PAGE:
How Nigeria, South Africa diplomatic row stalled Osun city project
Four years after the Living Spring Business City (LSBC) Project in Osun State was abandoned, the developer last week, revealed that the diplomatic row between South Africa and Nigeria grounded progress of work.
The initiator of the project, Dr. Kehinde Abiola, told The Guardian in Lagos that the South Africa financiers were considering the environment unsafe, hence the partnership was stopped. The period, 2018/2019 was the height of xenophobic attacks between Nigeria and South Africa, which led to a spike in tension on both sides with mobs attacking foreign-owned businesses.
The Living Spring Business City was planned as a mix of international market and residential estates, with different types of models all functioning on a major national transit route centrally located in popular Ibadan-Ife-Abuja highway, Osun State, close to Oduduwa University.
The project occupies 38-hectares of land, comprising 1,128 suites, shops and 228 apartments. The planned delivery date for phase I was slated for 2018 while Phase (II) was slated for 2019.
It was to serve as a strategic investment opportunity for investors, business owners and boasts of one commercial bank, three health centres, five eateries/restaurants, seven sporting facilities, two event centres, six police stations, 24-hours electricity, four educational centres, eight community halls, transit trailer parks for goods, corporate inter-state transport water facilities, nine large parking areas, filling stations, green areas as well as childcare centre.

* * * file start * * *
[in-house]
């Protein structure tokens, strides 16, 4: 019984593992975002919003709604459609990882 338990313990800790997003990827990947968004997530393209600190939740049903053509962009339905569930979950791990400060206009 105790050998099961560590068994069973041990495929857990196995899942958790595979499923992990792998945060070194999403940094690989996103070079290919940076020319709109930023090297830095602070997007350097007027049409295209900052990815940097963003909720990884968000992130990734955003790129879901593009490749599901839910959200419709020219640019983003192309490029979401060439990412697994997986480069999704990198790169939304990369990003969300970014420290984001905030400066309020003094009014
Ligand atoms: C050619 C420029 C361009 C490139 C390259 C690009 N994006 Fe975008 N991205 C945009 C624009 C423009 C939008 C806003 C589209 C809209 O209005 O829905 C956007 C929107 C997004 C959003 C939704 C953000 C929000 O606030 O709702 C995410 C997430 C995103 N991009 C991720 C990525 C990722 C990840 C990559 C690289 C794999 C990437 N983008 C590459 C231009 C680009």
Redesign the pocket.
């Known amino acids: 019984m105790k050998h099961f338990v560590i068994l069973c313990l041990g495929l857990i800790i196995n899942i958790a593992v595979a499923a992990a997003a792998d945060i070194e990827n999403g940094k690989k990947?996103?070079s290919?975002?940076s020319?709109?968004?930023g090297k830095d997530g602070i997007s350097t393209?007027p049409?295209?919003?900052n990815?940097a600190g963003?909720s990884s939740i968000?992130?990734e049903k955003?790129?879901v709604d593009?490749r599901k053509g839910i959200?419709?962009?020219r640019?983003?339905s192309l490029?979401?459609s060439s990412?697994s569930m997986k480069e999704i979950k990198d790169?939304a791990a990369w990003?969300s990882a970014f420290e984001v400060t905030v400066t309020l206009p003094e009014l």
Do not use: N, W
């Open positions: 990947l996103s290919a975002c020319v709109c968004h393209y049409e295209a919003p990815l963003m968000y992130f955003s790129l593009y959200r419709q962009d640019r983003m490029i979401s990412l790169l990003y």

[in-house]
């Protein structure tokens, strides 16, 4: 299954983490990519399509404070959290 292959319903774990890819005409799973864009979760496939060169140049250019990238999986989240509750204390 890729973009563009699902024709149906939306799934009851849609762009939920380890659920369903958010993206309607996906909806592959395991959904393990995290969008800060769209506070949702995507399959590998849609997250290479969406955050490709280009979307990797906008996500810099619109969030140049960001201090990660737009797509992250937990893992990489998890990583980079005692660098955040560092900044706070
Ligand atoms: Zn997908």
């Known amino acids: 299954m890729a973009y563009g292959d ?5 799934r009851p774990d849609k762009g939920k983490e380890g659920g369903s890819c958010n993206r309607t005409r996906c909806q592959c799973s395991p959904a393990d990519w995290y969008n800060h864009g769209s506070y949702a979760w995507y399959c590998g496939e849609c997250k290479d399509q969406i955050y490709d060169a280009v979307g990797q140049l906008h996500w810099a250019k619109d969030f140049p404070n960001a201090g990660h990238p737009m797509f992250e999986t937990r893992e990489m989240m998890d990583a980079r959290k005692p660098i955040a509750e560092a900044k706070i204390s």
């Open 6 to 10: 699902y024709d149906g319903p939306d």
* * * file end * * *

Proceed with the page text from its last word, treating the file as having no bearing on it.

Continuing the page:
Abiola said, “We spent more than N8 million on that project for the preparatory phase. By the time row settled down, the economy of the world went into recession and coming out of the recession, most of the financial houses could not make it back.”
He added, “I was to champion the preparatory works but the counterpart funding that refused to come, to fund the main project, affected the project. But we are not seriously giving up on the project.”
LSBC Project Manager, Mr. Richard Bamiduro, had earlier explained that the total land area, which is provided by the Osun State Property Development Corporation is about 38-hectares, noting that it also comes with a Certificate of Occupancy (C-of-O) and a letter of allocation.
He said, “Our plan was to build 25 per cent of the total market store at Phase (one) and as the demand increases, we hope to keep expanding. We had already mapped out our prices, which would be very affordable compared to any market in the country.”
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